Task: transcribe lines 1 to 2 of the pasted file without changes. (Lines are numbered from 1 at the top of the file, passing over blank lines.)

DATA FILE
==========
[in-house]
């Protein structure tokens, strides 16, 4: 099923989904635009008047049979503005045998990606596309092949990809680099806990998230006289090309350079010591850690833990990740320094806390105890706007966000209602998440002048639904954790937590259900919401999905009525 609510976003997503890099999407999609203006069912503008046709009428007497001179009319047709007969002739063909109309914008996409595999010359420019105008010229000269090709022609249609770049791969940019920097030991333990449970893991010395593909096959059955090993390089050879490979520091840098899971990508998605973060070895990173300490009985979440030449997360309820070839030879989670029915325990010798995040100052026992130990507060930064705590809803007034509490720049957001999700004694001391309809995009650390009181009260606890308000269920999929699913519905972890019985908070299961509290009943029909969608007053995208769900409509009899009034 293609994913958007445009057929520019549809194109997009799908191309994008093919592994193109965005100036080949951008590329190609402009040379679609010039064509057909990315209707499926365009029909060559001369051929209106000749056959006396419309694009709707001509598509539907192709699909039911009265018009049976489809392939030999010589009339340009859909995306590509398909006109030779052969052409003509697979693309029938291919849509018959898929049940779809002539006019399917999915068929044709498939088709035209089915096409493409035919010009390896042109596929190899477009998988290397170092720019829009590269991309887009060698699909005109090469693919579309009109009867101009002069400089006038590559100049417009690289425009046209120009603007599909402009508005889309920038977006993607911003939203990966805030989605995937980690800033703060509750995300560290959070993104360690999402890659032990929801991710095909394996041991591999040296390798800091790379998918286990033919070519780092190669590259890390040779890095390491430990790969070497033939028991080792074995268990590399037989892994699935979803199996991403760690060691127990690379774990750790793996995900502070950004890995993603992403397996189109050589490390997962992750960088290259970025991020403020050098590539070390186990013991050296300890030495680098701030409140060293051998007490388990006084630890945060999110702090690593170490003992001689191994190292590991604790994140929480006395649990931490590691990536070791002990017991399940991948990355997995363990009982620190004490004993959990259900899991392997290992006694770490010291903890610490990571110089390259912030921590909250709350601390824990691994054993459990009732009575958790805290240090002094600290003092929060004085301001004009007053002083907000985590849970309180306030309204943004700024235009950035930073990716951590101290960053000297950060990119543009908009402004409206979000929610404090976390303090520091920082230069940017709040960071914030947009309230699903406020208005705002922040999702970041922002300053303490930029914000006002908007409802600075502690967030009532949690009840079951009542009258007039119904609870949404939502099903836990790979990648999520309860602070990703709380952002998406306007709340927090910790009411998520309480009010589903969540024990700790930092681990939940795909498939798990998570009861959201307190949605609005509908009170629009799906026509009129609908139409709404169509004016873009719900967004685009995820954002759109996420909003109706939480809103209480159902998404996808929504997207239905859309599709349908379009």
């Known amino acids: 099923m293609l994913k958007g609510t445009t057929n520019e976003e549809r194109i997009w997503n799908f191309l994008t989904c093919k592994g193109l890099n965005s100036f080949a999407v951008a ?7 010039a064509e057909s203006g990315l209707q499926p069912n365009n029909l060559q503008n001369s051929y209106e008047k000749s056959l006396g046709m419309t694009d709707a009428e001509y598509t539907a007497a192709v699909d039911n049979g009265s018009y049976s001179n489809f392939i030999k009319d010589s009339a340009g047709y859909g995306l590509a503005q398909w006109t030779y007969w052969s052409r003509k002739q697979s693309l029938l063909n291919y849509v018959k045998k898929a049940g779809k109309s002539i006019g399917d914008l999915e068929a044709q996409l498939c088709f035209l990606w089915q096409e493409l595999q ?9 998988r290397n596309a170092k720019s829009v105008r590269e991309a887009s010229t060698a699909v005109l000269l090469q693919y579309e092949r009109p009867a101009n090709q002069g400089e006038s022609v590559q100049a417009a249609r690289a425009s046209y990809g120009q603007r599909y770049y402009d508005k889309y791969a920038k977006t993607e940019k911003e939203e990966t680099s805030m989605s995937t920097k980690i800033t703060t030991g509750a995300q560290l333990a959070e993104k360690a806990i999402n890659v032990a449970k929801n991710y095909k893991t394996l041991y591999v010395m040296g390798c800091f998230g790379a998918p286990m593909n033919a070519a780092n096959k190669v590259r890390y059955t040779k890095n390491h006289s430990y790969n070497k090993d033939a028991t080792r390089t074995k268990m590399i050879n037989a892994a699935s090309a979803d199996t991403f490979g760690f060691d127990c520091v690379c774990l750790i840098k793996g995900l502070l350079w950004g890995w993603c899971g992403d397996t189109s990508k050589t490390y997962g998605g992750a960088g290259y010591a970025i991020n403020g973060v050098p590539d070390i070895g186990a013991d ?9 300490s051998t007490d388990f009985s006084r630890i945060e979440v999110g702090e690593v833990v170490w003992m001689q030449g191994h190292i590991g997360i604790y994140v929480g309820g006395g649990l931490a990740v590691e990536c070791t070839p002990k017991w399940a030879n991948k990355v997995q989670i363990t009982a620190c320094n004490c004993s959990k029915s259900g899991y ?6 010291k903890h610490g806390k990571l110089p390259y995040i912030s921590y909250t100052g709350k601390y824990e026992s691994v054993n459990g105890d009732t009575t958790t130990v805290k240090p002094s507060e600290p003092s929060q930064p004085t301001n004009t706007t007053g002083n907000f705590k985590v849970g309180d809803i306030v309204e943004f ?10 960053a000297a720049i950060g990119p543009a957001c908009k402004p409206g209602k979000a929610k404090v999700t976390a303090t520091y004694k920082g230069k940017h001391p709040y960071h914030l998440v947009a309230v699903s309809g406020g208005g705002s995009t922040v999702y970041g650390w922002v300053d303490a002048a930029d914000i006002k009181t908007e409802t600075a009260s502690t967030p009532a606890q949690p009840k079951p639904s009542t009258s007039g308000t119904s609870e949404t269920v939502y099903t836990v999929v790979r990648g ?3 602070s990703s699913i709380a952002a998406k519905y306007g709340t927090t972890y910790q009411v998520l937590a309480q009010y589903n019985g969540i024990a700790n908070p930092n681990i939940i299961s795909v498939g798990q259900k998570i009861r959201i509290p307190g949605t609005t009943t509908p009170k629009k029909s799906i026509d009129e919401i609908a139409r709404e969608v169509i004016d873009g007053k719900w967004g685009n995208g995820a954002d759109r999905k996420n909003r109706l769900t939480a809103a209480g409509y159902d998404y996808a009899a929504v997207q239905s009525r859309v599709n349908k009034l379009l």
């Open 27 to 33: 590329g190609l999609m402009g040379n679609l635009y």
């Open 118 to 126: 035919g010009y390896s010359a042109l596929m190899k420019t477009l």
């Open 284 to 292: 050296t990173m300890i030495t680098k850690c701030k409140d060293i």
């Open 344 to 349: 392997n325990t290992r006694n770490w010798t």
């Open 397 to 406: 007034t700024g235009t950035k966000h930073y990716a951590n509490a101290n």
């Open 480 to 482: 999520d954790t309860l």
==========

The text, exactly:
[in-house]
């Protein structure tokens, strides 16, 4: 099923989904635009008047049979503005045998990606596309092949990809680099806990998230006289090309350079010591850690833990990740320094806390105890706007966000209602998440002048639904954790937590259900919401999905009525 609510976003997503890099999407999609203006069912503008046709009428007497001179009319047709007969002739063909109309914008996409595999010359420019105008010229000269090709022609249609770049791969940019920097030991333990449970893991010395593909096959059955090993390089050879490979520091840098899971990508998605973060070895990173300490009985979440030449997360309820070839030879989670029915325990010798995040100052026992130990507060930064705590809803007034509490720049957001999700004694001391309809995009650390009181009260606890308000269920999929699913519905972890019985908070299961509290009943029909969608007053995208769900409509009899009034 293609994913958007445009057929520019549809194109997009799908191309994008093919592994193109965005100036080949951008590329190609402009040379679609010039064509057909990315209707499926365009029909060559001369051929209106000749056959006396419309694009709707001509598509539907192709699909039911009265018009049976489809392939030999010589009339340009859909995306590509398909006109030779052969052409003509697979693309029938291919849509018959898929049940779809002539006019399917999915068929044709498939088709035209089915096409493409035919010009390896042109596929190899477009998988290397170092720019829009590269991309887009060698699909005109090469693919579309009109009867101009002069400089006038590559100049417009690289425009046209120009603007599909402009508005889309920038977006993607911003939203990966805030989605995937980690800033703060509750995300560290959070993104360690999402890659032990929801991710095909394996041991591999040296390798800091790379998918286990033919070519780092190669590259890390040779890095390491430990790969070497033939028991080792074995268990590399037989892994699935979803199996991403760690060691127990690379774990750790793996995900502070950004890995993603992403397996189109050589490390997962992750960088290259970025991020403020050098590539070390186990013991050296300890030495680098701030409140060293051998007490388990006084630890945060999110702090690593170490003992001689191994190292590991604790994140929480006395649990931490590691990536070791002990017991399940991948990355997995363990009982620190004490004993959990259900899991392997290992006694770490010291903890610490990571110089390259912030921590909250709350601390824990691994054993459990009732009575958790805290240090002094600290003092929060004085301001004009007053002083907000985590849970309180306030309204943004700024235009950035930073990716951590101290960053000297950060990119543009908009402004409206979000929610404090976390303090520091920082230069940017709040960071914030947009309230699903406020208005705002922040999702970041922002300053303490930029914000006002908007409802600075502690967030009532949690009840079951009542009258007039119904609870949404939502099903836990790979990648999520309860602070990703709380952002998406306007709340927090910790009411998520309480009010589903969540024990700790930092681990939940795909498939798990998570009861959201307190949605609005509908009170629009799906026509009129609908139409709404169509004016873009719900967004685009995820954002759109996420909003109706939480809103209480159902998404996808929504997207239905859309599709349908379009």